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This article was contributed by Art Pogosyan, CEO of British,
As ransomware attacks spread across the cloud and cause varying degrees of damage, it is worthwhile for the enterprise to wonder – is paying a ransom the right thing to do? The answer, of course, is subjective: it depends. Many businesses assume that cyber attacks are inevitable, even in the cloud, most have a recovery budget to cover costs, and have a strategy of remediation to offset reputation loss and operational downtime.
Cyber security insurance can offset financial losses – to an extent. According to Cybersecurity, 42% of companies that were attacked in 2021 paid off only a small portion of the financial losses caused by ransomware through insurance coverage. What’s more, in a survey of 1,263 companies, 46% of victims who submitted ransom payments retrieved their data, but most of it was malicious.
Like cyber security, ransomware attacks are evolving. Data acceleration and encryption are still rampant, but hackers also threaten to divulge sensitive company information. This scenario benefits the hacker and fuels the company’s willingness to pay.
However, it is important to note that despite the evolution of cybercrime, hackers still use tactics that are technologically advanced. In the cloud, this means exploiting the wrong configuration or gaining access to the network through identity breaches, e.g. Extremely privileged user accounts or user accounts with permanent permissions.
Good security hygiene can protect the enterprise from most ransomware attacks. According to recent research, 93% of cloud security professionals said their breaches could be prevented. Very few of us do better under extreme pressure or make wise decisions. That’s why it’s important to plan before you break. It is better to invest in business continuity through Proactive Cloud Security, as it aims to absorb losses, update security controls and improve the unfavorable press in the wake of an attack. The goal is to reduce the likelihood of ransomware by minimizing vulnerabilities in the cloud.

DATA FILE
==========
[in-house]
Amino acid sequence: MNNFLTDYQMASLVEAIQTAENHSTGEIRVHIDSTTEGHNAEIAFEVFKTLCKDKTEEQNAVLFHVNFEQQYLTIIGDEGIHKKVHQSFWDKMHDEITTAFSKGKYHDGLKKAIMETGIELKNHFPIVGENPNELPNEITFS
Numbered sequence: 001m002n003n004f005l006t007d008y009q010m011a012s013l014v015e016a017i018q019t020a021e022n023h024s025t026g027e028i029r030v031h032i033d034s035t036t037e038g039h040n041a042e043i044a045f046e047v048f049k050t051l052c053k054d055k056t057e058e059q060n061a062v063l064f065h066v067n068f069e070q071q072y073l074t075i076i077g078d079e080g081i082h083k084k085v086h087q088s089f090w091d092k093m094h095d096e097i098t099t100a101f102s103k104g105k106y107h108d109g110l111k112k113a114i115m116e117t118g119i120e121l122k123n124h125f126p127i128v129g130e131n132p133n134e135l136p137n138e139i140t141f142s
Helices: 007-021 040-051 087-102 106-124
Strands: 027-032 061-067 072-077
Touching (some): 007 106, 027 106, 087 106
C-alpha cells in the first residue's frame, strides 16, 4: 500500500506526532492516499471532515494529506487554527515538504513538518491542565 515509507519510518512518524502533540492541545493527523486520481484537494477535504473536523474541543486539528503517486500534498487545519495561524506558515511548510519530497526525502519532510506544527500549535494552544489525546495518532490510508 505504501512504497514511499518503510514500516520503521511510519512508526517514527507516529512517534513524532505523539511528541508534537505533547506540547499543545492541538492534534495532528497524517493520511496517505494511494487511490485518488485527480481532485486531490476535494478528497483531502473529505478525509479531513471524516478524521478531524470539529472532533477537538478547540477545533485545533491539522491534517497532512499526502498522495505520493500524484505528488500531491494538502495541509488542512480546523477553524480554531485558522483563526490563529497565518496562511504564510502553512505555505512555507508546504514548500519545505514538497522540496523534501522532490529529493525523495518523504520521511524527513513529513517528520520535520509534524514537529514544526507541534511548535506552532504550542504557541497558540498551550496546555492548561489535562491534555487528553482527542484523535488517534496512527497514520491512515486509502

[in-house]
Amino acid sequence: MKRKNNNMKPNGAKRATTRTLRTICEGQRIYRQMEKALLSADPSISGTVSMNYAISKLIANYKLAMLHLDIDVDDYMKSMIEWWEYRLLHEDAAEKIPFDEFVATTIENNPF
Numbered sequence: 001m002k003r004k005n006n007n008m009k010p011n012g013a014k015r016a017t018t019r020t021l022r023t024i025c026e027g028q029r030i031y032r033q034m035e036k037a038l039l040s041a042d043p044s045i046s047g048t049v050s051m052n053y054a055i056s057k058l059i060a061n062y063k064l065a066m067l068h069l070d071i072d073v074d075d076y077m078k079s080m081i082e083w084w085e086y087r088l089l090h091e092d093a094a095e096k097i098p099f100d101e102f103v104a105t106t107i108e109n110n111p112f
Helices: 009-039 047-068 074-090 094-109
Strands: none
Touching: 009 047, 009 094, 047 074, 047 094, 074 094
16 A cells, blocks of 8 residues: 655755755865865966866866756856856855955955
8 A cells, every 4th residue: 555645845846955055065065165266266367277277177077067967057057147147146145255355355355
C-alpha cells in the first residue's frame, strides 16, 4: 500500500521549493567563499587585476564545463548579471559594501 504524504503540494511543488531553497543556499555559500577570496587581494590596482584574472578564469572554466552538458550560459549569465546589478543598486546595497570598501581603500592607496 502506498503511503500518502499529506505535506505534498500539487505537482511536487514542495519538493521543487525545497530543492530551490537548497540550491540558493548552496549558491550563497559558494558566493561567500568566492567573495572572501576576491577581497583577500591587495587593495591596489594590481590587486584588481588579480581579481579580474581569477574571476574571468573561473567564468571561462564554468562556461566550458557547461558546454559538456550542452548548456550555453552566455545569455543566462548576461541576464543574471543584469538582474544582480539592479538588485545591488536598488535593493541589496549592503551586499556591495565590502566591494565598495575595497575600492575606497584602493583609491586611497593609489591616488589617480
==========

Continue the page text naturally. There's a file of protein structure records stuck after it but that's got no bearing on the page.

What organizations can do to reduce the likelihood of ransomware
Remove permanent privileges
Enterprises have thousands of human and machine users who need access to the cloud environment to complete tasks. But according to recent research, users often receive excessive privileges that remain open forever. Permanent privileges allow hackers access to the cloud environment. These identities, whether they are employees of the company or third-party contractors, can perform ransomware and potentially move back and forth into your cloud environment and gain control.
Implement cross-cloud search
A typical DevSecOps operation can easily generate thousands of data access events every day. Therefore, it is important to gain a deeper understanding of who is doing what in your cloud services to expose security blind spots such as highly privileged users and machine IDs.
Minimize the blast radius of your most risky cloud users
Permanent Elevated Privileges exposes you to data loss and account loss due to internal threats and hackers 24/7. Temporarily granting and terminating just-in-time privileges reduces the potential blast radius of your privileged human and machine identities.
Eliminate the risks posed by permanent hard-coded secrets
Hardcoded API keys and credentials – usually with elevated privileges – are seated targets for exploitation. Keep in mind that there are 20 times more machine IDs using elevated privileges than human users. Using JIT secrets can significantly reduce your exposure to credentials.
Decrease your exposure to account takeovers and internal threats
Most cloud accounts become overly privileged over time. Contractors and employees often retain access after they leave. Regularly enforcing Minimum Privilege Access (LPA) through right-sized over-the-counter permissions and removing unused accounts and credentials reduces the level of your attack and prevents hackers.
Identify and mitigate high-risk privilege-based activity cross-cloud
Privileges Drift. Extremely privileged accounts are hacked and abused. Do you know when and where this happens? Integrate the solution with your UEBA, SIEM and data leak technologies to achieve centralized cross-cloud visibility in cloud privileges and risky activity.
Streamline the process of auditing cloud accounts and privileges
Finding out all your human and machine identification privileges – especially those that are highly privileged – is important when conducting an internal cloud audit. The goal is to quickly gain insights into high-risk identification, privileges and activities from an integrated cross-cloud access model.
Ultimately, deciding whether or not to pay a ransom is a business decision. An interplay between IT leaders and business executives should exist. Executives need to understand the extent to which operational downtime will affect revenue and IT needs to consider what the negative impact could be on consumers and the industry. Remember: ransomware does not eliminate technology; It takes the business down. The more you understand about your business, and how technology is directly linked to the operation of the business, the better off you will be. Take the next step and address security vulnerabilities right now – before attackers can attack.
Art Pogosyan is the CEO of British,
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